Today’s tip is don’t overdo it. And yes, we are talking about using emoticons.
Now we do not deny that these combinations of punctuations can come in handy at times, and in any language, however, the words at and times should be noted carefully here.
This is because at other times these are either superfluous or simply inappropriate.
So do use them (if you wish) in informal e-mails, texts and comments on this blog, however avoid them in official correspondence, reports or marketing campaigns for flower festivals in Catalan cities (and our most sincere apologies to the marketing department of Girona council for whom our tip today obviously come a little too late…)
PS. For all of you wondering, the flower festival itself (which incidentally all of us here at The English Garden attended) was exquisite,magical and very vibrant. Below are a few photos of the installations.
As many of you will have enjoyed the long Easter weekend and will thus be facing your first day back to life, back to reality (to quote the musical geniuses who are Soul II Soul) today’s tip is all about how to cope with this inevitable predicament.
As big fans of breaks ourselves (be they Summer, Easter and yes, even mid-morning) here at The English Garden we are well aware that once these are over it can be hard to get back to the routine of working, gardening, and indeed, learning.
In the case of Easter, your stomach is full of sweet chocolate and your head is full of sweet nothing most probably, so to make the transition back into learning smoother, we suggest you reacquaint yourself what you had learnt last term.
You can do so by looking over your notes, re-reading any articles you worked on or revisiting your favourite English Gardener’s Tips.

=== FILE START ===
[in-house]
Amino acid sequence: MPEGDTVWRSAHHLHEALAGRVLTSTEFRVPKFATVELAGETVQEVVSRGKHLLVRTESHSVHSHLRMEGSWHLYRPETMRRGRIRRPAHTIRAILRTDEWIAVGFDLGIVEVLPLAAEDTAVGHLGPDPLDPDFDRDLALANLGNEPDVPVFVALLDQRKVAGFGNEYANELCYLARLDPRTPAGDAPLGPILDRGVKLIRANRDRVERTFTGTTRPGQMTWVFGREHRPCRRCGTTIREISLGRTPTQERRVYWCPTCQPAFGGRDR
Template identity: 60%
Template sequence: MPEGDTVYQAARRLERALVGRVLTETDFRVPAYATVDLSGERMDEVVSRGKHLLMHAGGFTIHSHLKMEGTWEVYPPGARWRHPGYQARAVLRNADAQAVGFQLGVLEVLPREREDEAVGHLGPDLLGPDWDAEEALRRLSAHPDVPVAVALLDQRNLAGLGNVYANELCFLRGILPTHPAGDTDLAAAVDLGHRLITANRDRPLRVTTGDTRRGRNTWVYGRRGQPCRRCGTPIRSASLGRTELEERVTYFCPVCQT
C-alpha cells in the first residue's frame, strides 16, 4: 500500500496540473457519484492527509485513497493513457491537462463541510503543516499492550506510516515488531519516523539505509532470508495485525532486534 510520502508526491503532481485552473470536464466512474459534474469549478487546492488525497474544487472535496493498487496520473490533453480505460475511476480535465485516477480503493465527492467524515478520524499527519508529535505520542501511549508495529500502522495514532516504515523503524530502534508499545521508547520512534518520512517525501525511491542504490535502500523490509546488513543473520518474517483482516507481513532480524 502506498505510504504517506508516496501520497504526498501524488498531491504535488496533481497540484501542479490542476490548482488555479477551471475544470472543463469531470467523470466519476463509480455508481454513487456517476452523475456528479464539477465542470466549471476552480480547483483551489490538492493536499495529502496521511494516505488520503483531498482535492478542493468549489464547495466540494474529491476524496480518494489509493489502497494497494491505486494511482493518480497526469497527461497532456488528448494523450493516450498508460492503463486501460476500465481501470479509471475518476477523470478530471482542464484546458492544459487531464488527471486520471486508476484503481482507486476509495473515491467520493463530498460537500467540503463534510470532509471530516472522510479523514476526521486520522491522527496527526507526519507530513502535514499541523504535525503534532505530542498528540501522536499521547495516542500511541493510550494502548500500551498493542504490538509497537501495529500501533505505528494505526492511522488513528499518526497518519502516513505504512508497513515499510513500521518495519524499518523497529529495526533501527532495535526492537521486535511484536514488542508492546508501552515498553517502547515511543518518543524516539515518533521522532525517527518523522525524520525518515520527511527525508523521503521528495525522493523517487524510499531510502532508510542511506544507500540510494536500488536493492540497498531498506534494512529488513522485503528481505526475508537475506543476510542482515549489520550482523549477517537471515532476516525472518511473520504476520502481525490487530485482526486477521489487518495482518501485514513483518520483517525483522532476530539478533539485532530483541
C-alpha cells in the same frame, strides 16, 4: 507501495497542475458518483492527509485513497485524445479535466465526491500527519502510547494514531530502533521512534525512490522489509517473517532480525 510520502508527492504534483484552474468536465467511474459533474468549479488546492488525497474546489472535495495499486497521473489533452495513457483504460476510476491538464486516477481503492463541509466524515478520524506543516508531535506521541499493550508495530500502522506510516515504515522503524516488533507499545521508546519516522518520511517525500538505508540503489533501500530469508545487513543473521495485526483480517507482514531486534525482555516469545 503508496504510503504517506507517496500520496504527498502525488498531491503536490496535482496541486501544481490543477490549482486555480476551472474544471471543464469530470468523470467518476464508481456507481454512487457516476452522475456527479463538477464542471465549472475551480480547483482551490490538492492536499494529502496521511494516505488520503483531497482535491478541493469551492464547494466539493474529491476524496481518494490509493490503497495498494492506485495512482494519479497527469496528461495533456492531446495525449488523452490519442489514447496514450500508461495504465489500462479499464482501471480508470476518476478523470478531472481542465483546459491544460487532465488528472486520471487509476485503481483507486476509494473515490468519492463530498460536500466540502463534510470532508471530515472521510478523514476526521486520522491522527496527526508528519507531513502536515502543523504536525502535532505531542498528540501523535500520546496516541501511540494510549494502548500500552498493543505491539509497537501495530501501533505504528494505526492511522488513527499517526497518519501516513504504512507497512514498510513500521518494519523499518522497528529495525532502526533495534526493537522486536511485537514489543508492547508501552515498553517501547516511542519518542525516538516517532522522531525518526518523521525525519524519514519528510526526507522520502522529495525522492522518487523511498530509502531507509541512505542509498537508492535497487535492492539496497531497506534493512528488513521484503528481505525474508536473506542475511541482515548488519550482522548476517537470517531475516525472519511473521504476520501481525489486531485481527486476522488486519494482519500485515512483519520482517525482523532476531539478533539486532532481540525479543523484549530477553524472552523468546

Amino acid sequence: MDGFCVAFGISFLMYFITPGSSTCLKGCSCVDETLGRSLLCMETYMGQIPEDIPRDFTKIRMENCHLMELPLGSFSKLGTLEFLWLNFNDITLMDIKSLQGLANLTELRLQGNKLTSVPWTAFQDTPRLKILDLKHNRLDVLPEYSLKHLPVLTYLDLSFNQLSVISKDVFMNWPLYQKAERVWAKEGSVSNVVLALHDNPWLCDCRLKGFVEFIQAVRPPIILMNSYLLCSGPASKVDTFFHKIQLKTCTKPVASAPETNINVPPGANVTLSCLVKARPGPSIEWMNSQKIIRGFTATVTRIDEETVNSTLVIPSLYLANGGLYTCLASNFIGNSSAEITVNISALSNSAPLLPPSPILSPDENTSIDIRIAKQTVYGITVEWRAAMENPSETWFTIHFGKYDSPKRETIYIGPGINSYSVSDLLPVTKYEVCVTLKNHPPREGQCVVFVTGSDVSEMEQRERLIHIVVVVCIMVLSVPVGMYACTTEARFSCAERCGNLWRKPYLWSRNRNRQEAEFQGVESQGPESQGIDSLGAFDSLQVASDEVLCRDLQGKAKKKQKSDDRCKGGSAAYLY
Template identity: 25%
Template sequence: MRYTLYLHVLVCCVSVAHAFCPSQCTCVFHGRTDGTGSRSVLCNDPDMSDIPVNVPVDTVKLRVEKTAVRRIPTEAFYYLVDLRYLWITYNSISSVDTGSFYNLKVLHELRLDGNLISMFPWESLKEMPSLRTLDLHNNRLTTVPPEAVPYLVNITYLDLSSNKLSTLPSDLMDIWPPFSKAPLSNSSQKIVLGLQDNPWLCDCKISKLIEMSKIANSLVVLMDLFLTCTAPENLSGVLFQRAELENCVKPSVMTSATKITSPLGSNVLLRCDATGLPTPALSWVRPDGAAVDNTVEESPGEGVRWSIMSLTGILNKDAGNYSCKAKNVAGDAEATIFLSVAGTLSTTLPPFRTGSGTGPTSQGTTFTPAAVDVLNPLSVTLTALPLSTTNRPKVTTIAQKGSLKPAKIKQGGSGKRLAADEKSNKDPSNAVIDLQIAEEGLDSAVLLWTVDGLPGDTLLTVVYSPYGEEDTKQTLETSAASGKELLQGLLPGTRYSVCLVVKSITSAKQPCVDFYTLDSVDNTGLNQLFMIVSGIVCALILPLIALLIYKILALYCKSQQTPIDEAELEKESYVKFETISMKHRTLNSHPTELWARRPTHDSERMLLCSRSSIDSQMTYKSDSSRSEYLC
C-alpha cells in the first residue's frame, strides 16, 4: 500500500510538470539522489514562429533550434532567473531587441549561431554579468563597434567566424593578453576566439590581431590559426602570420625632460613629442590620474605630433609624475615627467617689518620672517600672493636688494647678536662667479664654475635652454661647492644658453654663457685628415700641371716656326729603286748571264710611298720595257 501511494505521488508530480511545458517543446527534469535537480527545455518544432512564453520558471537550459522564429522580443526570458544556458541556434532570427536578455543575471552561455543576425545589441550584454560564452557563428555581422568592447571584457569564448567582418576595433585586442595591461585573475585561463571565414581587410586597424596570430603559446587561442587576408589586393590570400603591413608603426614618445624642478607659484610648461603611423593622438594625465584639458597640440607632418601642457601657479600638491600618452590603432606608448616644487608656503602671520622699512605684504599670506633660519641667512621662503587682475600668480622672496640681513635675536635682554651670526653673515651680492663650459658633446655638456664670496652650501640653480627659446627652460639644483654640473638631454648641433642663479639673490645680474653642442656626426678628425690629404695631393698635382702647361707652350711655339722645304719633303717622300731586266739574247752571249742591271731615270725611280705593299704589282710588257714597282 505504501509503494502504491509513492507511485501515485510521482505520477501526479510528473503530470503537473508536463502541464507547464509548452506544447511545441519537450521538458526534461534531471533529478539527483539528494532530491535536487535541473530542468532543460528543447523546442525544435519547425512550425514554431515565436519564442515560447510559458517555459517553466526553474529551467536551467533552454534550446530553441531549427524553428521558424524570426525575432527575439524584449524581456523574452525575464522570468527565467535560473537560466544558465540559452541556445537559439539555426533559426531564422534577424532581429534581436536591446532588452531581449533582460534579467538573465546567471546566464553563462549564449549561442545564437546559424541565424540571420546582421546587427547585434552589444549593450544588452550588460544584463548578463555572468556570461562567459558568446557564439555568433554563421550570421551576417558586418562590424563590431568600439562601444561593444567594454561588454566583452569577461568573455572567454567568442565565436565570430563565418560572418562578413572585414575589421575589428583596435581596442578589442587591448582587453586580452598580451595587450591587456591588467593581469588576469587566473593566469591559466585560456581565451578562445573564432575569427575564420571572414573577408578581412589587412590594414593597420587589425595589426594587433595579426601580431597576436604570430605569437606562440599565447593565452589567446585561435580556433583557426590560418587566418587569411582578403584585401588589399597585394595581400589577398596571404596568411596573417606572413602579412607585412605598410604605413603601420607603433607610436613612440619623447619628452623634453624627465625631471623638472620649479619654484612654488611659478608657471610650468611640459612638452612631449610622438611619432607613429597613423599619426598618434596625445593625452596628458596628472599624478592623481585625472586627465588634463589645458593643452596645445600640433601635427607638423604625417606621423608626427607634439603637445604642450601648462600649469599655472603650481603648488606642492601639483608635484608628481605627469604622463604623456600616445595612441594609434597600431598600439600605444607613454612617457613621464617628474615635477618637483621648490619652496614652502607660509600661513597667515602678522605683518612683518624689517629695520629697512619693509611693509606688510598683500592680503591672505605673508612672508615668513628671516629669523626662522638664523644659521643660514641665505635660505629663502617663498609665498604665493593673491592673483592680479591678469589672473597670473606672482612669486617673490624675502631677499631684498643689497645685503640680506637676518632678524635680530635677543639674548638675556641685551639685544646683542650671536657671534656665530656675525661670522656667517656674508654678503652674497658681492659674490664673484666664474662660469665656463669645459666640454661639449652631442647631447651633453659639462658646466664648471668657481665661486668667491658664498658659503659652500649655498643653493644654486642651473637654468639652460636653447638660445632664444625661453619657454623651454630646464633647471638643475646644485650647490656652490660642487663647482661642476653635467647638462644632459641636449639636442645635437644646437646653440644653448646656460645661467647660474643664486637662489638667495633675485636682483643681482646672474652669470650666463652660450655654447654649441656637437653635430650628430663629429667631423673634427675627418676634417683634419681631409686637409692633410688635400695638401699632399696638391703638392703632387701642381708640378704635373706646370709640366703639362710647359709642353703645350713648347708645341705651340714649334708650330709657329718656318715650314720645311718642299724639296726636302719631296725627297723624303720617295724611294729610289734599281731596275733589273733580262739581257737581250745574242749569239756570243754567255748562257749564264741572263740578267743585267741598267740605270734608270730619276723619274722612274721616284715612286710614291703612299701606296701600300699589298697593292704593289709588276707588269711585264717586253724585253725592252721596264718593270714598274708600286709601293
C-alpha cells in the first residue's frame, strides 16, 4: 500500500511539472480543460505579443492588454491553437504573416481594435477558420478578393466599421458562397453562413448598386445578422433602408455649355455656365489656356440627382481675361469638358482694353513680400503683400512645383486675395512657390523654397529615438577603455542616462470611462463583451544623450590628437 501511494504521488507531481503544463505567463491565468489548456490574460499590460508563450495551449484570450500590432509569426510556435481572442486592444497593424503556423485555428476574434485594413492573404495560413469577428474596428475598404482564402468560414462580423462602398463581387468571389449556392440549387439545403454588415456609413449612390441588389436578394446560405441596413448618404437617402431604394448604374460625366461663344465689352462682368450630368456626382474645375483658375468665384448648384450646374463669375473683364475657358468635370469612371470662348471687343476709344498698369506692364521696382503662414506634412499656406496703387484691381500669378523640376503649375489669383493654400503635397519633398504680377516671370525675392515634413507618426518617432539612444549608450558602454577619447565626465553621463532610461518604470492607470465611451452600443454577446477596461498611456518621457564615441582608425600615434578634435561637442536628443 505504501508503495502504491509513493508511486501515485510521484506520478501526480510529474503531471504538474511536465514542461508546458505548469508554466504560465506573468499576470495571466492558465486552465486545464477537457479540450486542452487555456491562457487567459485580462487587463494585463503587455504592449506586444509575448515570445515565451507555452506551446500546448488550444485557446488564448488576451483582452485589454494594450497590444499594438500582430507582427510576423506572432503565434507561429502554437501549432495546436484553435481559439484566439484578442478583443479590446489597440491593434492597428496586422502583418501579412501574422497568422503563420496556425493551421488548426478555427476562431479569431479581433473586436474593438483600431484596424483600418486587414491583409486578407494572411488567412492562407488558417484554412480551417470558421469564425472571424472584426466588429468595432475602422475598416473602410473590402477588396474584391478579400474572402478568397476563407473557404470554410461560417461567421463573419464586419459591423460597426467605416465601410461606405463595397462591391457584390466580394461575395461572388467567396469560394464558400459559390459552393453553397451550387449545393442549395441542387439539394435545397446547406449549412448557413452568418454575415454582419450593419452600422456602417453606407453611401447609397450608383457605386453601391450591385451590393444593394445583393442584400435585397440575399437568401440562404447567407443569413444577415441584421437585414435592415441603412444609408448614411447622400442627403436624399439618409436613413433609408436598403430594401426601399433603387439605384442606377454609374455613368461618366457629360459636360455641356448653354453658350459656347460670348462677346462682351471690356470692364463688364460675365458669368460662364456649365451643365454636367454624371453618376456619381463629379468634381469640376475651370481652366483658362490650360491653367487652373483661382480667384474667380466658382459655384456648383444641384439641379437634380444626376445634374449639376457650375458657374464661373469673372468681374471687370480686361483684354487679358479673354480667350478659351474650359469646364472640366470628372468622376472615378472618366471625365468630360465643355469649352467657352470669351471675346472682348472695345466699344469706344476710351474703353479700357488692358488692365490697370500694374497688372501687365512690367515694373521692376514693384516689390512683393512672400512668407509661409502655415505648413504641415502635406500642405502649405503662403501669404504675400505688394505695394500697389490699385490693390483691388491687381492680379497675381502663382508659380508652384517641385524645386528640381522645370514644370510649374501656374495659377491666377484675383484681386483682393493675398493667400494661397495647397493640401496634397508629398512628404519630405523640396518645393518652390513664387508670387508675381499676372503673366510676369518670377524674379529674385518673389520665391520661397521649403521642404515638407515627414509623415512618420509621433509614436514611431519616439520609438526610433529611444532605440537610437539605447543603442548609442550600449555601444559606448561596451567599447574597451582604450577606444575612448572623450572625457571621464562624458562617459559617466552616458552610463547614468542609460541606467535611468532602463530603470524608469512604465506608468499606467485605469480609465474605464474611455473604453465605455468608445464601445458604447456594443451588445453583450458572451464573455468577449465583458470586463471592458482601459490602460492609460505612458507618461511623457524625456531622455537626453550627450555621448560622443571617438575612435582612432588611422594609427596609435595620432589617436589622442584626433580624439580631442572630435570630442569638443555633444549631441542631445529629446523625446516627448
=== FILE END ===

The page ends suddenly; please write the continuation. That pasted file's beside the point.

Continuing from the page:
If nothing else, doing this should hopefully remind you why you decided to learn English in the first place and thus help you face the future with renewed motivation.
For when it comes to learning, much like when stacking shelves, chairs or even coloured boxes, motivation is half the battle.
To improve both fluency and accuracy, when speaking English never translate.
Instead, try thinking in English and this way you will use the structures you know, not structures you translate from your own language.
When you translate it is as though the words in your sentence not only have to jump across a wall but also land in the correct place.
This is not easy to get right because apart from the fact that wall jumping is not the easiest of sports to master (and yes, we are talking from personal experience) sentences are structured differently in different languages. This means that, often, a word’s place in an English sentence does not correspond to its place in the Spanish, Catalan or Italian one.
You might find that thinking in English slows you down or seems to reduce your fluency level at first, but like all muscles, your mind too will become more agile the more you use it so in the long run you will see magnificent results (and without having to put your sportsgear on!)
Now this may seem quite obvious but here at The English Garden we have learnt never to underestimate the importance of reinforcing common sense (something which at times is far less common than one might expect).
You can read things online or off, you can choose poetry, prose or even comic strips, you can bury yourself in a book, peruse a report, or scan some news or reviews. Alternatively, if you wish, you can flip through fashion magazines, car magazines or even in-flight magazines.
Reading is useful because by doing so you can become aware of new vocabulary and expressions, new grammatical structures and, most importantly, new ideas.